The mince pie we speak of here bears only passing resemblance to present-day mincemeat pie, that gooey vegetarian article sitting next to the store-bought gingerbread men at office holiday parties. I set out recently to bake two large mince pies by scaling down recipes published in the s by the Chicago Tribune and the San Francisco Chronicle.
The former I chose for its local provenance and wealth of detailed instructions, the latter for its reassuring headline: My plan was to take these beefy dishes to the Thanksgiving dinner I'd been invited to, persuade or coerce the guests there to try them, and canvass their reactions.
Suet, if you don't know, is raw, shredded beef fat, ideally harvested from the regions around the loins and kidneys.
Except for people who stuff their birdfeeders with it in wintertime, there's not much call for this commodity in these cholesterol-conscious times, but the butcher at Villager Foods in Oak Park was kind enough to run off a greasy, maggot-white batch especially for me at a reasonable price. Next I was off to the grocer's to procure sweet unfermented apple cider, raisins, currants, a big bag of Granny Smith apples, and a pint of brandy.
Back home I reluctantly submerged the gorgeous top-round roast in boiling water, then left it to simmer for three hours. Simultaneously I boiled the cider until its volume was reduced by 85 percent, which yielded the syrupy goo known logically enough as boiled cider.
As my pots steamed and bubbled away on the stovetop, I assiduously soaked and rinsed the currants per the Trib's advice, so that they wouldn't introduce any dirt into my pies. This effort was probably wasted—I believe our current currant producers have found a technological fix for the dirt problem.
But the instruction helped me make sense of an enticing advertisement I'd read in the Anaconda Montana Standard touting a local bakery's mince pies as "absolutely free from grit. Heaven forbid any fat should sneak into a dish that calls for fistfuls of suet. My meat minced and my cider boiled, I combined these two ingredients with a mountain of chopped and peeled apples, a foothill each of raisins and currants, two cups of molasses, and a terrifying three-quarters of a pound of suet.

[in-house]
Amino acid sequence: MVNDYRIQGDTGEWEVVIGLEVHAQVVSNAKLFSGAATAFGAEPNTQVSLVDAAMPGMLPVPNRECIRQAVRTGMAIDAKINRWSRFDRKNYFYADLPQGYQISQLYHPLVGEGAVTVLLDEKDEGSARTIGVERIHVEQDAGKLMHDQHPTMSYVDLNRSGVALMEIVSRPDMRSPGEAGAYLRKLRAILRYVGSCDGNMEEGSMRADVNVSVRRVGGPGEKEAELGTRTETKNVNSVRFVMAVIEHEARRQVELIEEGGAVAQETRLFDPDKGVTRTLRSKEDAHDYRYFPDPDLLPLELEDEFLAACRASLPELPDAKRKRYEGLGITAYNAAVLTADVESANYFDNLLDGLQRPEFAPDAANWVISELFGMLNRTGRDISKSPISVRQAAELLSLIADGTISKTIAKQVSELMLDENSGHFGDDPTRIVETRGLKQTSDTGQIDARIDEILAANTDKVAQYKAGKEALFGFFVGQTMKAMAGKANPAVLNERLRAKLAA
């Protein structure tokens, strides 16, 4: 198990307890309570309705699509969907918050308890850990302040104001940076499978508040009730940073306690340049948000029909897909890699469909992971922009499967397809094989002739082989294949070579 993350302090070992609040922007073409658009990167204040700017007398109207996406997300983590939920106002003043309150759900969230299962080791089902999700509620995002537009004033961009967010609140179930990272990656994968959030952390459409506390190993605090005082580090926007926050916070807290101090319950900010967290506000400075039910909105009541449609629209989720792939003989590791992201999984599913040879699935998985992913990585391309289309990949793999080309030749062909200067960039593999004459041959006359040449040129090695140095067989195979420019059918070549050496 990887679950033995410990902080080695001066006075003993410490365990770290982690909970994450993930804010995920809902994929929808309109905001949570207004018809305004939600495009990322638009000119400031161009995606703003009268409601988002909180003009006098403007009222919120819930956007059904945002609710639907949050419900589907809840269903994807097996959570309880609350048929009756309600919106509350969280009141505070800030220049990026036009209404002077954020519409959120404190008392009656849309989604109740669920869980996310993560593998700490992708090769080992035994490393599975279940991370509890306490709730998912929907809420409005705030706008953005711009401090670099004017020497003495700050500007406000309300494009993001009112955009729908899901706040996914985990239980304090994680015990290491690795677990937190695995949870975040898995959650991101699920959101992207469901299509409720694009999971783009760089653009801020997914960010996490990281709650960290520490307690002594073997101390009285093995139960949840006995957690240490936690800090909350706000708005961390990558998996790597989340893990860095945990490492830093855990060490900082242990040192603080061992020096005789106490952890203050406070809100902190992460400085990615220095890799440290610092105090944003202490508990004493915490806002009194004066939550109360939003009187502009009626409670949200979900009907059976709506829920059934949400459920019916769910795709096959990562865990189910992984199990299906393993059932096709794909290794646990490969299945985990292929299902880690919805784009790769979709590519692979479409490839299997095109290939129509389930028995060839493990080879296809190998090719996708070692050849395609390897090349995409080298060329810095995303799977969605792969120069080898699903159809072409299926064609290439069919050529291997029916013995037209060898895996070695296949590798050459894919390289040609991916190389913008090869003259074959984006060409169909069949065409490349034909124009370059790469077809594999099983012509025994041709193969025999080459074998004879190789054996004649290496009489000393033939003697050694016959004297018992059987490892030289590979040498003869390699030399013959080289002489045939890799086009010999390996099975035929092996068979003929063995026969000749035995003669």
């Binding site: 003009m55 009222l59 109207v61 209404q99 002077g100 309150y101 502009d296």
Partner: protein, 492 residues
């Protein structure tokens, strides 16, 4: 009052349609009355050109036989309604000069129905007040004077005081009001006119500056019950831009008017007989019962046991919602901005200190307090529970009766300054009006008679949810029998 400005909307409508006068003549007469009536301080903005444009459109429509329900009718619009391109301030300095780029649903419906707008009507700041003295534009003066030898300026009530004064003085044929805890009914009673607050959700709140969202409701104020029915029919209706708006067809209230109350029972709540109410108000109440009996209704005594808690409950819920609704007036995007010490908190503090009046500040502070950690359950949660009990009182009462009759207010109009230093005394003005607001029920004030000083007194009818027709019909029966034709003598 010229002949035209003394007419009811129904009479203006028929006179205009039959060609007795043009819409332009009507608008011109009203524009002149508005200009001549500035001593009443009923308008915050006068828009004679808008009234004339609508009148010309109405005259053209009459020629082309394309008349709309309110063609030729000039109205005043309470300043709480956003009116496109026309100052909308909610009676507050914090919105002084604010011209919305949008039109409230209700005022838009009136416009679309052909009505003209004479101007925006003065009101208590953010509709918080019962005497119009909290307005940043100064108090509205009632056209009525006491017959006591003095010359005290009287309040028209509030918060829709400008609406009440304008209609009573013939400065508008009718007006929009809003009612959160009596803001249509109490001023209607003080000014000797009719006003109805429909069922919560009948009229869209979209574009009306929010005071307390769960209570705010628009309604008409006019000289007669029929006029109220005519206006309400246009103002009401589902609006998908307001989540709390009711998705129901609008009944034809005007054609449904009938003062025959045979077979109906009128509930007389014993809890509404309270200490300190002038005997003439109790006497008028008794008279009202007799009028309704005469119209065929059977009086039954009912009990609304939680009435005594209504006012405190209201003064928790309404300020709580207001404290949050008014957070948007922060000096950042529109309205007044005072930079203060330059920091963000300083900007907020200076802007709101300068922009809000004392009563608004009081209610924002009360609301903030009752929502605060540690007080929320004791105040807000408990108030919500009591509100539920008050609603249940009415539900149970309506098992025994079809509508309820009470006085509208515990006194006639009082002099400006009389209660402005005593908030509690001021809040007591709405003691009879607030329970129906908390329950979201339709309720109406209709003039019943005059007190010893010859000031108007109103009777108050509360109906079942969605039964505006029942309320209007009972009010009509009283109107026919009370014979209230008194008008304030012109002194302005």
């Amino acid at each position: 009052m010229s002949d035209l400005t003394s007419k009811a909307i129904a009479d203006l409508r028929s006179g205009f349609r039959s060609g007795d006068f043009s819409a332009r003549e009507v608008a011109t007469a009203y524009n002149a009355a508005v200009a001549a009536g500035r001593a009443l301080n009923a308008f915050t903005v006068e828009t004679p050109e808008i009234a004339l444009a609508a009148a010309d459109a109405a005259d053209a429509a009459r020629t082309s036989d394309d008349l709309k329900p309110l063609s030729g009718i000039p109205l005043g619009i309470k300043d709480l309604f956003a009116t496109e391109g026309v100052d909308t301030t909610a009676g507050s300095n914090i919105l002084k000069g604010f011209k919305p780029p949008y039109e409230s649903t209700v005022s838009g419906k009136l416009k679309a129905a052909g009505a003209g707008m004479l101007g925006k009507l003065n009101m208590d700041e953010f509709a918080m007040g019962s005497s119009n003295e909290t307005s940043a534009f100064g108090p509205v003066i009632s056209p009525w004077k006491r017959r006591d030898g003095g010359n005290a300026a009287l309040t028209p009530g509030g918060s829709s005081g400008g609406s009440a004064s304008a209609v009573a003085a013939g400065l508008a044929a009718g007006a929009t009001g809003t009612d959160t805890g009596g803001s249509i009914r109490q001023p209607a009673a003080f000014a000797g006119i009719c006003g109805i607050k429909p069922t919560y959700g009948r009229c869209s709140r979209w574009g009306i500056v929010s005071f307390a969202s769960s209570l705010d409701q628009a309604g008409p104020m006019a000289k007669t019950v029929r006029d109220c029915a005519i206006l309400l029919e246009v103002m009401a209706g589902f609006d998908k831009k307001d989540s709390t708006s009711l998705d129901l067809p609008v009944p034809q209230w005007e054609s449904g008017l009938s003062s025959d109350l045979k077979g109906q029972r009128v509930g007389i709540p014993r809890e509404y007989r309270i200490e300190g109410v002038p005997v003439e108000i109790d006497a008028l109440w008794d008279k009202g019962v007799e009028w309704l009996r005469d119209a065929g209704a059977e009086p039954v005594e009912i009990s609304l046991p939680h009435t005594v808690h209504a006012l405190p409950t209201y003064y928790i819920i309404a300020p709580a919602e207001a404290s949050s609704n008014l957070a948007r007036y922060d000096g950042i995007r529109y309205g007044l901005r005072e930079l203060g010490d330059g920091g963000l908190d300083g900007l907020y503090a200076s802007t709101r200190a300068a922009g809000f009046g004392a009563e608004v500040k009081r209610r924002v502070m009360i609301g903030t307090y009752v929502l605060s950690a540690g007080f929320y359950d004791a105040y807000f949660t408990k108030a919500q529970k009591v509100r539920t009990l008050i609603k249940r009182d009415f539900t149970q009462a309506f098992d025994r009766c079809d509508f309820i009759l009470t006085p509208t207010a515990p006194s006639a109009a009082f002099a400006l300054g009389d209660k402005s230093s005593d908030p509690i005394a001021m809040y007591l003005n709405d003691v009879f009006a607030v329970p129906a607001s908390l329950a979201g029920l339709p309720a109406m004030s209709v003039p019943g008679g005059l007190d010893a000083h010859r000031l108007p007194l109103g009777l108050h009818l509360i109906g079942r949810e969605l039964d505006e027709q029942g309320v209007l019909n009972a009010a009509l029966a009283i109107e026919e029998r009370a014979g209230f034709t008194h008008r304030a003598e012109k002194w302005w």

Dividing the resultant glop into two batches—Trib and Chronicle—I heavily seasoned both with cloves, allspice, and cinnamon.Microbial flora on restaurant beverage lemon slices.
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From bar . The 13 Germiest Places You Need to Know. Reviewed By Avrom Simon, MD on 6/21/ Enough so that there can be up to times more bacteria on a restaurant menu than a toilet seat!
Bacteria on one diner's hands can get on a menu and can survive up to 48 hours. "Microbial Flora on Restaurant Beverage Lemon Slices" NPR: "Dirty Money: A.
MyPlate illustrates the five food groups that are the building blocks for a healthy diet using a familiar image – a place setting for a meal.
Before you eat, think about what goes on . Y'all ready for this lengthy essay? When we entered the restaurant it took about 5 minutes for someone to even appear at the host stand.
Should've walked out then. Yelp users haven’t asked any questions yet about TGI Fridays. Ask a Question. P.S.- the water was so bad that we didn't want to drink it until we received the lemon.